Last week I went to Seoul for teacher training. I came back with new friends, a pair of climbing shoes and a kitten. The friends came from the training. For one week public school foreign teachers from around Korea were bundled together in a dormitory-filled building for thorough, well-meaning institutionalisation.

During this week it occurred to me that there should be a joke starting ‘how many teachers does it take to make a power point presentation?’ but I’ve yet to find one.

I can answer other questions, like ‘how do you inspire English teachers?’ Answer one:  Find some great speakers to give them inspirational lectures. Answer two: Remind them how it feels to be legally coerced into attending lots of lectures and make some of those lectures dull… It was in the wallows of compulsory dullness that my fifteen year old self resurfaced, at her sullen, chair-swinging, doodle-drawing best. I had to remind myself seriously to behave like the grown up I’m supposed to be, and swore then to make my lessons interesting if it kills me.

By the final Friday I had remembered what I like about cities: cool cafés, an abundance of people, and the feeling that anything is possible and everything exists.  Walking down a market street in the sunshine, having discovered climbing shoes that fit (in that toe numbing way they’re apparently supposed to), I only just noticed the small creature crawling towards the road.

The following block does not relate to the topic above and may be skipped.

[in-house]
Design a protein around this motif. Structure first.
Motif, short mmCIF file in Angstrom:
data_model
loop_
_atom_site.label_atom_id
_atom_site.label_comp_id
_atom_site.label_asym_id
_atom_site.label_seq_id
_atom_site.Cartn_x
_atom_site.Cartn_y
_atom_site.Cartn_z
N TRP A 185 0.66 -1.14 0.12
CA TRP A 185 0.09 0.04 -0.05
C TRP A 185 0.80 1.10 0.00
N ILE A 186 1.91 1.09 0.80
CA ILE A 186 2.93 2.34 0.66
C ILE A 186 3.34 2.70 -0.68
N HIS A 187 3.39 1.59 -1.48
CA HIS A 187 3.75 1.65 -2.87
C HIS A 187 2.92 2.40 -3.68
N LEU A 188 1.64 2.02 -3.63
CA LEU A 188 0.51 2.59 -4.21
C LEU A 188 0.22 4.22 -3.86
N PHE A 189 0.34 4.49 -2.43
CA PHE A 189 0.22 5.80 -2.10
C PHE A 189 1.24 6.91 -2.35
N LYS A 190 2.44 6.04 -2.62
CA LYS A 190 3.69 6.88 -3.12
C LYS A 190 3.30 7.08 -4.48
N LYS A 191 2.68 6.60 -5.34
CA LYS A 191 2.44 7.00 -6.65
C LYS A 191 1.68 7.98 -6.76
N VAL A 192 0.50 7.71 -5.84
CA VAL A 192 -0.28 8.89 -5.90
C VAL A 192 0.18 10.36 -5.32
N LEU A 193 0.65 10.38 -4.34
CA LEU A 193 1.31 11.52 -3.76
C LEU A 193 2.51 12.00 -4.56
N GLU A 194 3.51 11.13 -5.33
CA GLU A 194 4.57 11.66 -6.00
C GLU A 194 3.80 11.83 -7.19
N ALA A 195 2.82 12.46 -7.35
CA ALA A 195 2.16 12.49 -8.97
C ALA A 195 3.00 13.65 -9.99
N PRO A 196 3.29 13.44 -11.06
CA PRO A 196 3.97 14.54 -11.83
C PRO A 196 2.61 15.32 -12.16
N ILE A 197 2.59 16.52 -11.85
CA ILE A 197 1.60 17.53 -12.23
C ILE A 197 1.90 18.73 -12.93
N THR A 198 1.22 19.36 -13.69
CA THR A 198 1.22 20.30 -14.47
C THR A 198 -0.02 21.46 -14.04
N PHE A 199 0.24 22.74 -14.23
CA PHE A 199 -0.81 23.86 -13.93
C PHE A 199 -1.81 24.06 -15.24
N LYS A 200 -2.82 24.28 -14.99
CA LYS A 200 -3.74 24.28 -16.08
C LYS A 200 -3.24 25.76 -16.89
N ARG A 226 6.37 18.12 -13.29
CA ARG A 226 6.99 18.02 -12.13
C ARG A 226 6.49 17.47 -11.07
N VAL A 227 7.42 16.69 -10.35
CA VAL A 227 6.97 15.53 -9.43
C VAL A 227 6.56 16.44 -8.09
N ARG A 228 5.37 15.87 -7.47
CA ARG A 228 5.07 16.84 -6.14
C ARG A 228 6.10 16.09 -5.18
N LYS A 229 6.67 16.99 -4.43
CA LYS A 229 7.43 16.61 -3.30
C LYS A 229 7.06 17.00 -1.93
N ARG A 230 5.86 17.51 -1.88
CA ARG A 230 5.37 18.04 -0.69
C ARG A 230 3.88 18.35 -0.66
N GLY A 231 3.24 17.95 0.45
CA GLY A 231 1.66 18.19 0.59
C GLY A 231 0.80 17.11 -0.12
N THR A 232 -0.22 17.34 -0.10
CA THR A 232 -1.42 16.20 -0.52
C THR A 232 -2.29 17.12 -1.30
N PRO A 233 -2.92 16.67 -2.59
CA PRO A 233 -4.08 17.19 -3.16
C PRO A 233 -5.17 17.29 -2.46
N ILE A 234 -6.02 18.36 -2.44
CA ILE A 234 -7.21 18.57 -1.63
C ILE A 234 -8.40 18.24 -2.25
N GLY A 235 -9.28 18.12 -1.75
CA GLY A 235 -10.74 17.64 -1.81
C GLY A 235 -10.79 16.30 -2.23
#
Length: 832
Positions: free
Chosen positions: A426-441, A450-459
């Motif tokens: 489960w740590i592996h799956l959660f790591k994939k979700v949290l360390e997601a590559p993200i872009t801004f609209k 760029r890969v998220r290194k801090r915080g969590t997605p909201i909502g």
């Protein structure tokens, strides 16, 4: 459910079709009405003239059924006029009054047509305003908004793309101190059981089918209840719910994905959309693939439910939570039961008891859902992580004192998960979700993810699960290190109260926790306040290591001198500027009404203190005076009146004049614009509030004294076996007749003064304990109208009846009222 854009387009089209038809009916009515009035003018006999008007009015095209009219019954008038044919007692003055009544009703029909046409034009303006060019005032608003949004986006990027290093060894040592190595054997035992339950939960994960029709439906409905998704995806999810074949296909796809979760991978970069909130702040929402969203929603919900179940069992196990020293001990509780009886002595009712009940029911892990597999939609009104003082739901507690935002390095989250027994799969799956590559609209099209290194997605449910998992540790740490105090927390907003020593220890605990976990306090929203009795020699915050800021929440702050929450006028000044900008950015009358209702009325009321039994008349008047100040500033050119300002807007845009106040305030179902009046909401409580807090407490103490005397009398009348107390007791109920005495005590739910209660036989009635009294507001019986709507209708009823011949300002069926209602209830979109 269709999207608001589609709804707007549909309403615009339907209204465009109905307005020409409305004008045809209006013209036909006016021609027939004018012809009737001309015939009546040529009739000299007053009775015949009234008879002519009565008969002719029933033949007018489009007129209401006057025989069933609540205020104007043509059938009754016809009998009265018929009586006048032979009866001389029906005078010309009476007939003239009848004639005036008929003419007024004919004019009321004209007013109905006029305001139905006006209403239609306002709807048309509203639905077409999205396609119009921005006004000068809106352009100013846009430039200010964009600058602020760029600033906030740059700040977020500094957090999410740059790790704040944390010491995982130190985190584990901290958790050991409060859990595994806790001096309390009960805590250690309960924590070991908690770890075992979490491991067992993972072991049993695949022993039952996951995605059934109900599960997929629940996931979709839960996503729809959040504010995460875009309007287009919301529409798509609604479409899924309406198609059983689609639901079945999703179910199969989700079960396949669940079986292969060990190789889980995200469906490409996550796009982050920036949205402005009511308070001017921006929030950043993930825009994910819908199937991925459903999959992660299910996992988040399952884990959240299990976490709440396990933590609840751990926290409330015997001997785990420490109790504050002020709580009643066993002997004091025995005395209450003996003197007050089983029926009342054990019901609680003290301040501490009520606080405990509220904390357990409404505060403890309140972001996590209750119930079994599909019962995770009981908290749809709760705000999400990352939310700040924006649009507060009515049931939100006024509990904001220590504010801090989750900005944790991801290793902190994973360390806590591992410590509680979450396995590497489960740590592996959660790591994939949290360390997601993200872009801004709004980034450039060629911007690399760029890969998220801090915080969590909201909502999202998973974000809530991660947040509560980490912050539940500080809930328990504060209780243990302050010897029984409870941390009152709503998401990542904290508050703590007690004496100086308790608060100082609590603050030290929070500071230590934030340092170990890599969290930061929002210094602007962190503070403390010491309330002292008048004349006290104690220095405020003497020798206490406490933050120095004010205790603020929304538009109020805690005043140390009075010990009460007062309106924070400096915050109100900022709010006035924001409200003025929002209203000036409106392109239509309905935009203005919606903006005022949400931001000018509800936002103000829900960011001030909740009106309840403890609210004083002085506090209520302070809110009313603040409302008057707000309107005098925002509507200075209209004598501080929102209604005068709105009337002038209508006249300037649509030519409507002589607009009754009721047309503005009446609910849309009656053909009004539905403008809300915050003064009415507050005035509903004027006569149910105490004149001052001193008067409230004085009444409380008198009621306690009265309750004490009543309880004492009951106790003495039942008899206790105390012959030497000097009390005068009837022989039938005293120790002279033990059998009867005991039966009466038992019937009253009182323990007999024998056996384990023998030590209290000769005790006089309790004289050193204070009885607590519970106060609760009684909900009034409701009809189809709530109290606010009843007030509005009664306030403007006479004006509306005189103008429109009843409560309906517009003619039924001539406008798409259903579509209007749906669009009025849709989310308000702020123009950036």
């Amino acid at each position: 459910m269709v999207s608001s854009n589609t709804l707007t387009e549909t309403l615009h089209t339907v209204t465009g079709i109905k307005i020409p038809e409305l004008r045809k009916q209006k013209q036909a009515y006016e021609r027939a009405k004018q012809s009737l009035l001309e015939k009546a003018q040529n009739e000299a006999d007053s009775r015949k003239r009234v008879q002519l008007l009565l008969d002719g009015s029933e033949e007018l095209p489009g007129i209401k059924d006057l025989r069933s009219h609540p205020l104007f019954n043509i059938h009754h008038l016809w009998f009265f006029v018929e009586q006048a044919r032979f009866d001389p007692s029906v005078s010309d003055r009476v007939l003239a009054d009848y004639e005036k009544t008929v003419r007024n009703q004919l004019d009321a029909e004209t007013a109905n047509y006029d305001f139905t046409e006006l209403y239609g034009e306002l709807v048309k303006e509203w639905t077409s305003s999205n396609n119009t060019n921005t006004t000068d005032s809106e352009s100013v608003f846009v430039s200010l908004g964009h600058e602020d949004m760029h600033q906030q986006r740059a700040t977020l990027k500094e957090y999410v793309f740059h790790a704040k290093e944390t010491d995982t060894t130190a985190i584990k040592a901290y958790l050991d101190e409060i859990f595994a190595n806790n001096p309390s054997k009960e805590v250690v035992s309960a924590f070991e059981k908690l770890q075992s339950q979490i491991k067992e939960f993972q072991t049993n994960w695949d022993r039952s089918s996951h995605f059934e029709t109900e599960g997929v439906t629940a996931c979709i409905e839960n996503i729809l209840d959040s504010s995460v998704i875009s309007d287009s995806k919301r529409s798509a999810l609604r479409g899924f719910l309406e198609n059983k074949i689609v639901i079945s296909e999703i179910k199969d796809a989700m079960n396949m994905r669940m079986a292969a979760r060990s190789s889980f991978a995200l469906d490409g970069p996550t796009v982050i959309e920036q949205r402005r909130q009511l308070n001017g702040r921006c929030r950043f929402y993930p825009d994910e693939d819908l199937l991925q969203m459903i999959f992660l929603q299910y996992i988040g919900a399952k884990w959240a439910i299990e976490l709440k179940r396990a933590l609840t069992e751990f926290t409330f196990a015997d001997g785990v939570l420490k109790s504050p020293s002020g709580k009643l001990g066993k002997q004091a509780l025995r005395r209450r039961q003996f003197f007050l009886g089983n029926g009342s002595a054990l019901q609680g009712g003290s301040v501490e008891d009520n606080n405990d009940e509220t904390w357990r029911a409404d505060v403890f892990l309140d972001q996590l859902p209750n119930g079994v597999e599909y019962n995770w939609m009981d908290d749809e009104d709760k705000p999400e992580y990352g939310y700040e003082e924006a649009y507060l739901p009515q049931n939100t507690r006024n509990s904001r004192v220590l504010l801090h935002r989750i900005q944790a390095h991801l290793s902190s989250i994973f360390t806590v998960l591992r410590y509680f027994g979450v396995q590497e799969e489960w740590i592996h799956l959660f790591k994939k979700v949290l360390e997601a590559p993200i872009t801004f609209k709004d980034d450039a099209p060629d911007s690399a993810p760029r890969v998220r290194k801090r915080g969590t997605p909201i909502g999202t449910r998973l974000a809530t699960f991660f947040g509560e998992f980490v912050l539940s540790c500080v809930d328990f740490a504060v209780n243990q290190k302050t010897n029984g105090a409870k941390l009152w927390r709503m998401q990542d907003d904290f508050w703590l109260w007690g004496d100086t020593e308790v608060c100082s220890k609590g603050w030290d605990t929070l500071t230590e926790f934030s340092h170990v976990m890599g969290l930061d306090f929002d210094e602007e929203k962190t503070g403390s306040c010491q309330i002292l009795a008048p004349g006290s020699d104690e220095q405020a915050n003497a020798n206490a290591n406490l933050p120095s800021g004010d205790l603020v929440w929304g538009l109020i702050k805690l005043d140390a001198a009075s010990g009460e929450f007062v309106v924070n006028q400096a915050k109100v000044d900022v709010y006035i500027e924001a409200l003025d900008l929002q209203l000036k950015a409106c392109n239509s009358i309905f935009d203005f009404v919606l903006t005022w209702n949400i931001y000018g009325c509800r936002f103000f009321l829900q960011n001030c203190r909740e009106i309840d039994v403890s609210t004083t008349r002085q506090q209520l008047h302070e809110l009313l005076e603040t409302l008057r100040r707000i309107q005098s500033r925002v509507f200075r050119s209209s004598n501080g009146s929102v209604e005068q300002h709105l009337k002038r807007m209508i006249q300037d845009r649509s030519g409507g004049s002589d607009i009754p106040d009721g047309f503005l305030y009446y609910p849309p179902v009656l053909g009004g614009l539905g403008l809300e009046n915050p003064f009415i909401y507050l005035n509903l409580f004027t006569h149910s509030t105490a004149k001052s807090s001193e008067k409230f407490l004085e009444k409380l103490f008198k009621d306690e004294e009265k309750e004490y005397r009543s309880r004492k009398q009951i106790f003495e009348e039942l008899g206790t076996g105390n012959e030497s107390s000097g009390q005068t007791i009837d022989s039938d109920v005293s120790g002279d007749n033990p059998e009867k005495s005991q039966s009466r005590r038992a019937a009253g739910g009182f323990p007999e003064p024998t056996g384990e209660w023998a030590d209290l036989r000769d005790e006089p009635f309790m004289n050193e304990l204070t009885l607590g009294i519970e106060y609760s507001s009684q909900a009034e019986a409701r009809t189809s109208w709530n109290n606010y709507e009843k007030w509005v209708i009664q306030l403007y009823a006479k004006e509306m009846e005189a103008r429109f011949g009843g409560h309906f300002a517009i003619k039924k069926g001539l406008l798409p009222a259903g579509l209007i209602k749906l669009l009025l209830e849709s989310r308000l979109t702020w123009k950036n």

It took a second look to realise that the creature was a small, black and white, dirty kitten who was clearly sick and very thin. I was told by a well-meaning old Korean lady who was trying to feed her milk (or drown her, it wasn’t quite clear), that she didn’t have a Mama. My first thought to myself was ‘you’re not taking her home’ only to be found hours later – having ascertained that Korean animal shelters kill unclaimed animals after ten days – clutching the little beast to my chest while boarding the train for Busan. Cats are considered vermin by many older Korean people and our journey was accompanied by a few reassuring ‘crazy foreigner’ glances.

So, my climbing weekend turned into a kitten caring weekend, and extended into the week. She’s called Soul and she lives, much to the vet’s surprise. Thus it is I find myself awakening to clean up poo, pick fish bones out of mackerel and syringe medicine into her reluctant mouth. She celebrates her health by lying on my lap less – instead waging war with her new nemesis ‘THE RUCKSACK STRAP’ or stalking my feet from her under-the-bed lair.